Sofosbuvir/velpatasvir effective, safe for paediatric HCV
The direct-acting antiviral (DAA) sofosbuvir/velpatasvir (SOF/VEL) was effective and safe for the treatment of chronic hepatitis C virus (HCV) infection in individuals aged 6–18 years, the PANDAA-PED study has shown.
“In our study, 12-week therapy with SOF/VEL in [this patient cohort] was 100-percent effective, irrespective of age, sex, baseline BMI, HCV genotype, previous ineffective treatment, and extent of liver fibrosis,” said Dr Anna Dobrzeniecka from the Regional Hospital of Infectious Diseases, Warsaw, Poland, at ESPID 2023. “SOF/VEL also has a good safety profile, particularly in younger patients.”
Dobrzeniecka and her team conducted project PANDAA-PED 2019/ABM/01/00014, an open label, nonrandomized clinical trial in 50 patients from all Polish regions. Participants were divided into two weight groups: those who weighed ≥30 kg received SOF/VEL 400/100 mg (n=35), while the 15 participants who weighed between 17 and <30 kg received SOF/VEL 200/50 mg. Treatment duration was 12 weeks. [ESPID 2023, abstract O0061]
Ninety-four percent had vertical infection. Nearly three-quarters had genotype 1 HCV, 20 percent had genotype 3, while 6 percent had genotype 4. Three patients were treatment experienced. Although none had cirrhosis, one 13-year-old patient presented with advanced liver fibrosis (liver stiffness measurement, 11.3 kPa), corresponding to stage F3 in the Metavir scale.
HCV RNA elimination, aminotransferase levels
At visit 1, HCV RNA was detectable in all patients. By visit 2, only two had detectable HCV RNA, 35 had undetectable HCV RNA, while 13 had HCV RNA at the lower limit of detection (<15 IU/mL). By visit 3, almost all had undetectable HCV RNA (n=48). At week 4, all had undetectable HCV RNA.
There were also significant biochemical improvements at week 4, as reflected by the differences in ALT and AST* levels between treatment onset and during and after treatment (p<0.0001 for all timepoints**).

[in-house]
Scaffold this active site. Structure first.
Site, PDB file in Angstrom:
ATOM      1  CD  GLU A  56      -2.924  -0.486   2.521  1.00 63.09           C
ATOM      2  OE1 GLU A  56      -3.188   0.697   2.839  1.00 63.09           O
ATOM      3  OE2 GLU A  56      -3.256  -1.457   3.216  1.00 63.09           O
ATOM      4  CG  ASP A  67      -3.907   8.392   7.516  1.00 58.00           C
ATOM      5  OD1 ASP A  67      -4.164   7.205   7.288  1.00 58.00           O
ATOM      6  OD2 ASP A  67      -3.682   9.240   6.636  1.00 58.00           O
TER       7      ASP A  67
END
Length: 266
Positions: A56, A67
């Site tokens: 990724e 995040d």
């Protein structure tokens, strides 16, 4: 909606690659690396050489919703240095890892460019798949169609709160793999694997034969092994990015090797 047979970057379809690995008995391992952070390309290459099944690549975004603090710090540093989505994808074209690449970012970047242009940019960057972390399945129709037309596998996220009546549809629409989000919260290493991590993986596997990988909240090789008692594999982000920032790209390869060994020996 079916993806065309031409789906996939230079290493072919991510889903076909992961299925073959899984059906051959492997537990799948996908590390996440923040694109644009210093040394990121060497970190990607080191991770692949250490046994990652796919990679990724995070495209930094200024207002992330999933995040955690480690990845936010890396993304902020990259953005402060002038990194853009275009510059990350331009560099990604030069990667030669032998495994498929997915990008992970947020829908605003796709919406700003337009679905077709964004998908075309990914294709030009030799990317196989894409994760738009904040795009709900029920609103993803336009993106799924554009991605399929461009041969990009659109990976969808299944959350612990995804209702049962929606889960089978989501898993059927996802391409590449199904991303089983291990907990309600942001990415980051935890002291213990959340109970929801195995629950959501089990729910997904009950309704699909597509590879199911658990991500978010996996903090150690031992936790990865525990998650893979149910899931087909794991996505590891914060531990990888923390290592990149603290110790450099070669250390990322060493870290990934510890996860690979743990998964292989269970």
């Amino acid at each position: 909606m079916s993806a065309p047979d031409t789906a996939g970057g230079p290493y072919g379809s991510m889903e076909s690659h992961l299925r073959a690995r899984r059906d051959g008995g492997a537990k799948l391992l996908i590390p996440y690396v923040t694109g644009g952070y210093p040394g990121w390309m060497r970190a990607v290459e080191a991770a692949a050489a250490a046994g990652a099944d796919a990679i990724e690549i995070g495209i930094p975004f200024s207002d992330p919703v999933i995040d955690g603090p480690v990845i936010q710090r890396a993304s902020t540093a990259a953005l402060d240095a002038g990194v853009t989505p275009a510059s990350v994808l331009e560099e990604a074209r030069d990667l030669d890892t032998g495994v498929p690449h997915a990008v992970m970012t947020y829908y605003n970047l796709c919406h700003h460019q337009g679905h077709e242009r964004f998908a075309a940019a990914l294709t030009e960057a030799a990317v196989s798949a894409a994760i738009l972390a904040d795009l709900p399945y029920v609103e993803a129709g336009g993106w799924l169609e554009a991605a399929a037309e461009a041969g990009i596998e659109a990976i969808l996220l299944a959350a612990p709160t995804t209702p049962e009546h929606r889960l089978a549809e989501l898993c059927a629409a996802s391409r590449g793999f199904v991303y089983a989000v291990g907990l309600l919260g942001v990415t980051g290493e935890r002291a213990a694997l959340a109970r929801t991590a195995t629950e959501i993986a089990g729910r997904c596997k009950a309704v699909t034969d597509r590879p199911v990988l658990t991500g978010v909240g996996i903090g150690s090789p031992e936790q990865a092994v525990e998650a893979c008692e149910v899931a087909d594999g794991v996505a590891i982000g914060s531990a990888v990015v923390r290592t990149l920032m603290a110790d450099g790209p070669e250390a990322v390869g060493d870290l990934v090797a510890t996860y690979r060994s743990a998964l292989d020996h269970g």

Safety, growth parameters
Thirty-nine patients had adverse events (AEs). Of the 97 AEs reported, two were serious but unrelated to the study drug (yersiniosis and bronchopneumonia with dyspnoea), 33 were possibly drug-related, while 47 were infections and injuries. The most common drug-related AEs were headache (n=9), abdominal pain (n=8), and asthenia (n=6).
“Older children presented with AEs more often. This may encourage starting treatment in young patients,” Dobrzeniecka noted.
At 12 weeks post-treatment, two patients had ALT levels between 1.25 and 1.5 of the upper limits of normal. “[Also,] two patients with initially healthy liver presented with liver steatosis. The patient with advanced liver fibrosis had an improvement in fibrosis from 11.3 to 7.6 kPa (from F3 to F2 in the Metavir scale),” she added.
Mean BMI z-score dropped from start to end of treatment (from 0.44 to 0.34; p=0.01), but the notable differences were between baseline and 12 weeks post-treatment (from 0.44 to 0.27; p=0.001), and between end of treatment and 12 weeks post-treatment (from 0.34 to 0.27; p=0.05). “This requires further investigation and will be analysed at 1 year post-treatment,” noted Dobrzeniecka.
A chance to eradicate HCV
“The WHO recognizes HCV as one of the major public health problems. There are >3 million children living with HCV worldwide,” said Dobrzeniecka. However, most remain undiagnosed, and most national HCV policies lack specific recommendation for HCV testing in children.
‘Is it possible to cure all children with chronic HCV by 2030?’ is a question and time target set by the WHO, noted Dobrzeniecka. “We tried to answer that question [and our findings suggest that despite the high cost,] DAAs may provide the chance to eliminate HCV.”
Further studies are warranted to ascertain the effect of SOF/VEL on children’s growth and the possibility of shortening the treatment duration. The study is also ongoing to assess the long-term treatment effects of SOF/VEL.